Taken by themselves, the numbers are startling.
About 50 per cent of injury-related hospitalizations for seniors are from falls.
We spend an estimated $962 million a year dealing with the health outcomes from falls.
Falls are responsible for 95.1 per cent of all hip fractures.
One in three seniors is likely to fall at least once per year.
Six Local Health Integration Networks (LHINs) had identified falls as a priority and have already implemented comprehensive prevention programs.
Last July the LHIN Collaborative (LHINC) put out its own framework and toolkit, aiming to establish a province-wide strategy on falls.
It’s a delicate dance given the role of prevention belongs to the public health units, not to the LHINs. When the province decided which half of the health system should be integrated by the LHINs, they didn’t include the public health units. Whoops.
Worse still, the 32 public health units don’t share similar boundaries to the 14 LHINs, creating jurisdictional overlap problems.
The public health units were not identified by the provincial government for targeted funding in the spring budget despite a plea by Don Drummond, the public sector reform commissioner, to triple their funding to BC levels (while himself suggesting this take place amid deep overall funding restraint).
Everybody owns a bit of this problem, and it seems many of the decisions made by the McGuinty government appear to have exasperated the situation.
The kinds of health services that Ontario delisted – including eye examinations and physiotherapy – are just the kind of interventions needed to reduce the incidence of falls.
Recently the province decided it would not cover vitamin D testing, even though the LHINs note vitamin D deficiency is one of the significant medical factors contributing to falls. Appendix C of the LHINC report includes a preliminary literature review on falls prevention for the elderly. It specifically states “a combination of vitamin D and calcium supplementation in elderly women will help reduce the risk of falls by more than 40 per cent.”
Whereas the Community Care Access Centres once offered a range of in-home non-clinical supports, these are now delivered in an inconsistent patchwork that varies by region. Yet the home environment is another major contributor to falls.
The LHIN reports that the social determinants of health are a major factor in determining your likelihood of experiencing a fall, yet by any standard we have endured budgets that have made Ontario and Canada a less equal place. Our level of inequality is rising even faster than the United States.
Are the falls the source of the problem, or a symptom of the problem of a health system that is not functioning well?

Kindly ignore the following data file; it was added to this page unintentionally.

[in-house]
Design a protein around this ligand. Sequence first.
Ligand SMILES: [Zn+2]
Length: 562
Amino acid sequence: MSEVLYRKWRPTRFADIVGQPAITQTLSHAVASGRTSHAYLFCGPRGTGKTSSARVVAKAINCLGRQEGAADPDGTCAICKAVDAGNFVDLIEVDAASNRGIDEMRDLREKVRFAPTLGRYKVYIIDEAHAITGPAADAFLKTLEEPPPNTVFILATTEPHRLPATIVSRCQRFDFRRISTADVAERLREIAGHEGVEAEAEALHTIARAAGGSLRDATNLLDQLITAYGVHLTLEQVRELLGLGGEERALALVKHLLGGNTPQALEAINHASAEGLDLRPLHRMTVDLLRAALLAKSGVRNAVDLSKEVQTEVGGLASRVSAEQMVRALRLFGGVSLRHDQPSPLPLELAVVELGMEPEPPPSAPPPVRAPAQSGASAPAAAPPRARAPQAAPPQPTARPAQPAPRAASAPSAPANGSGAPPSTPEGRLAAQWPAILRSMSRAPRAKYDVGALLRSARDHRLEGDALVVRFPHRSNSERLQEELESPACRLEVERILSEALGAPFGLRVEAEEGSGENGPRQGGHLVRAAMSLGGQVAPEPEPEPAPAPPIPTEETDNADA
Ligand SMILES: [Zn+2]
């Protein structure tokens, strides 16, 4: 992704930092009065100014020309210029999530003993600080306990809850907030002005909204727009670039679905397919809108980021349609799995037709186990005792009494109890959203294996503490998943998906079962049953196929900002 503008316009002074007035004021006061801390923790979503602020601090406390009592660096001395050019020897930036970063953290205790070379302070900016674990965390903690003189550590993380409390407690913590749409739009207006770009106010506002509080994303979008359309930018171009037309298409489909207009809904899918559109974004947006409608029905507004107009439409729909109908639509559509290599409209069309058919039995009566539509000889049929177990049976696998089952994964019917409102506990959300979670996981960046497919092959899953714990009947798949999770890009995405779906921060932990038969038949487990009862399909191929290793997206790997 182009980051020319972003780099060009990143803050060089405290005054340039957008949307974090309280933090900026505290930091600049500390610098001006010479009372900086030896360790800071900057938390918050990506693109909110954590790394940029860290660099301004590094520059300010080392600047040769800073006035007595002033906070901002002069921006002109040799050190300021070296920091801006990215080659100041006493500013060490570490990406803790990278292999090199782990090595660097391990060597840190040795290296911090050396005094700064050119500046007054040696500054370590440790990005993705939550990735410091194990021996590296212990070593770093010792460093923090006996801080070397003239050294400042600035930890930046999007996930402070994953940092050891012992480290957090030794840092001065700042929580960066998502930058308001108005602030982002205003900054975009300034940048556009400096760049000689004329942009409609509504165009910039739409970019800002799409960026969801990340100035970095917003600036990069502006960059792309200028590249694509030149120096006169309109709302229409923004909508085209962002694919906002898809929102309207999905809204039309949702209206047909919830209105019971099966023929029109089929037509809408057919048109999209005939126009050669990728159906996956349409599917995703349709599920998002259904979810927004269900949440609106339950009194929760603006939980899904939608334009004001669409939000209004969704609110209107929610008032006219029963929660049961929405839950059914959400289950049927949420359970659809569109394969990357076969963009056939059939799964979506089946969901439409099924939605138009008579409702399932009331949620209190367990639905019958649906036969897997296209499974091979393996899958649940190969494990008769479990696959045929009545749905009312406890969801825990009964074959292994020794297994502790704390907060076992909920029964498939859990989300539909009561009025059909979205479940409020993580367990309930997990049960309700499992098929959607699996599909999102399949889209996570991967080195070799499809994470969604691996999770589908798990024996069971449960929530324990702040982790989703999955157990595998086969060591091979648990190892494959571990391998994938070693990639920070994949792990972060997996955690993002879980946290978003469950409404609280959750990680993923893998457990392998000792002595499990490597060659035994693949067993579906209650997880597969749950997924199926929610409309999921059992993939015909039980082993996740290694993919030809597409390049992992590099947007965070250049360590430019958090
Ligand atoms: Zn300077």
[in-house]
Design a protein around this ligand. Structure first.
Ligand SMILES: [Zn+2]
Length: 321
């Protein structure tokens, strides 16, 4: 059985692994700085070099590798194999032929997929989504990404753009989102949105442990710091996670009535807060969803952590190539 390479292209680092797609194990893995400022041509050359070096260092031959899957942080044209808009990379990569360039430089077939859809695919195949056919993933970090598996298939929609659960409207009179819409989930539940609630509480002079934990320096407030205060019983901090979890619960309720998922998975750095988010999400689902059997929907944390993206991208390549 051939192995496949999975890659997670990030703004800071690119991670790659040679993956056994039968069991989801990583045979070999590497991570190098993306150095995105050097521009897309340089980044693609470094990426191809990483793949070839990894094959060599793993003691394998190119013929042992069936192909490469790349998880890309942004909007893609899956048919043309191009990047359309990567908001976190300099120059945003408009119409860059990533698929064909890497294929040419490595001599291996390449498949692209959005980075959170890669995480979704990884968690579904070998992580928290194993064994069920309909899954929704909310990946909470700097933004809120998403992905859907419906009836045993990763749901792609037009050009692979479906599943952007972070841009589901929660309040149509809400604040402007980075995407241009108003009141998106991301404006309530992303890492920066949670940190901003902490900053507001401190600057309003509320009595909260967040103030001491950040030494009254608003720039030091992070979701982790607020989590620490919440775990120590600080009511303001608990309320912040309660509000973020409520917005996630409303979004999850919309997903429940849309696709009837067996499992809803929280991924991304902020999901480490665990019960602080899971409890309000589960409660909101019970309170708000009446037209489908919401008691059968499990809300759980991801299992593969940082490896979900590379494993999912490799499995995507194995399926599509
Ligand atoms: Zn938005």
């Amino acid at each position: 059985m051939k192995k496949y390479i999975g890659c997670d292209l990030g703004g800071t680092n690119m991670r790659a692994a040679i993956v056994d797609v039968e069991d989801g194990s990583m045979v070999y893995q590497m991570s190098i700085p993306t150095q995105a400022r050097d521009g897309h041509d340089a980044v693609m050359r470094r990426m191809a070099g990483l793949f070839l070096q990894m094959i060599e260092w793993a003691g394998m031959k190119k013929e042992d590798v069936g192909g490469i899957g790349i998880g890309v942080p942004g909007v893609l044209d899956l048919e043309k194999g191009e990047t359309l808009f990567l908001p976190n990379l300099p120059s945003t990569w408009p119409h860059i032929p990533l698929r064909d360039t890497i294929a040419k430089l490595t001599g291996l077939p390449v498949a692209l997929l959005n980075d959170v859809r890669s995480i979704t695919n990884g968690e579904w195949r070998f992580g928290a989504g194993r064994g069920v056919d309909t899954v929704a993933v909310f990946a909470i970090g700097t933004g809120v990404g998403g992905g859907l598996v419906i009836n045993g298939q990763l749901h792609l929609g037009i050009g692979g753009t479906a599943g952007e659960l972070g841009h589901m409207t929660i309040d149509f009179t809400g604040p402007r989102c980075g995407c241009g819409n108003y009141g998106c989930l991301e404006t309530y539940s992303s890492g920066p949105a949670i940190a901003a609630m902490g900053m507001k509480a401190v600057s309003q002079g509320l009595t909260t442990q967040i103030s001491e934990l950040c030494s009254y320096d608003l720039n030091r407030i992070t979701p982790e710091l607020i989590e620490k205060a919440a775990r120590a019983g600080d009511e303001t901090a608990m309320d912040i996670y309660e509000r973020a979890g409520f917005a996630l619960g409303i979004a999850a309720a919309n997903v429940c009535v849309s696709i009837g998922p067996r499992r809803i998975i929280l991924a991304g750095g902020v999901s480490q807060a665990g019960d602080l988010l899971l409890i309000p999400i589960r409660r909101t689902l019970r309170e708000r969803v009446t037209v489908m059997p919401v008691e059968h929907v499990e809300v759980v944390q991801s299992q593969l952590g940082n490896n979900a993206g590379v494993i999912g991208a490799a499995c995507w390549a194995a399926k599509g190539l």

It would be nice if there were a simple strategy to reduce falls, but the medical conditions considered risk factors are comprehensive, including addictions, anemia, arthritis, cognitive impairment, coronary artery disease, delirium, dementia, depression, diabetes, incontinence, low bone mineral density, osteoporosis, Parkinson’s, and Postural hypertension.
The evidence suggests there are few responses that work across settings. For example, exercise-based interventions reduce the rate of falls in the community and inpatient hospital settings, but results were mixed in long-term care settings.
“No literature on best practices for processes in determining the most suitable intervention was identified in this preliminary literature review,” the report states.
A big part of the LHIN plan includes comprehensive assessment, which according to them, can even be done by PSWs (Personal Support Workers) despite the need for a full medical assessment and assessment of current medications. In fact, they say it can be integrated into the current practice of typical formal caregivers, even though these same formal caregivers are under intense workload pressures and the report contains no mention of money (beyond projections of what can be saved).
Further each LHIN will have a core multi-sector committee that will meet at least quarterly on this issue. The intent is to get health care providers to work together to address these issues and to monitor the progress largely through existing data collection. These committees would in turn interface with a province-wide group.
It’s hard to oppose a strategy to reduce falls. As the report states, “a fall for a senior can mean disability, change in level of function, loss of independence, change in living arrangements or even death.”
If it is working – as Erie St. Clair LHIN claims in a recent media report – then the effort will be worthwhile. At this point it seems way too early to tell. The reduction of falls in Erie St. Clair is likely owing more to a mild winter than real progress so soon. When one identifies all the risks, it seems to fix the problem one has to address many core issues affecting our health system. In a period of extreme austerity, this may be easier said than done.
BC is recognized as the leading province in falls prevention. Then again, didn’t Drummond say public health had three times the funding?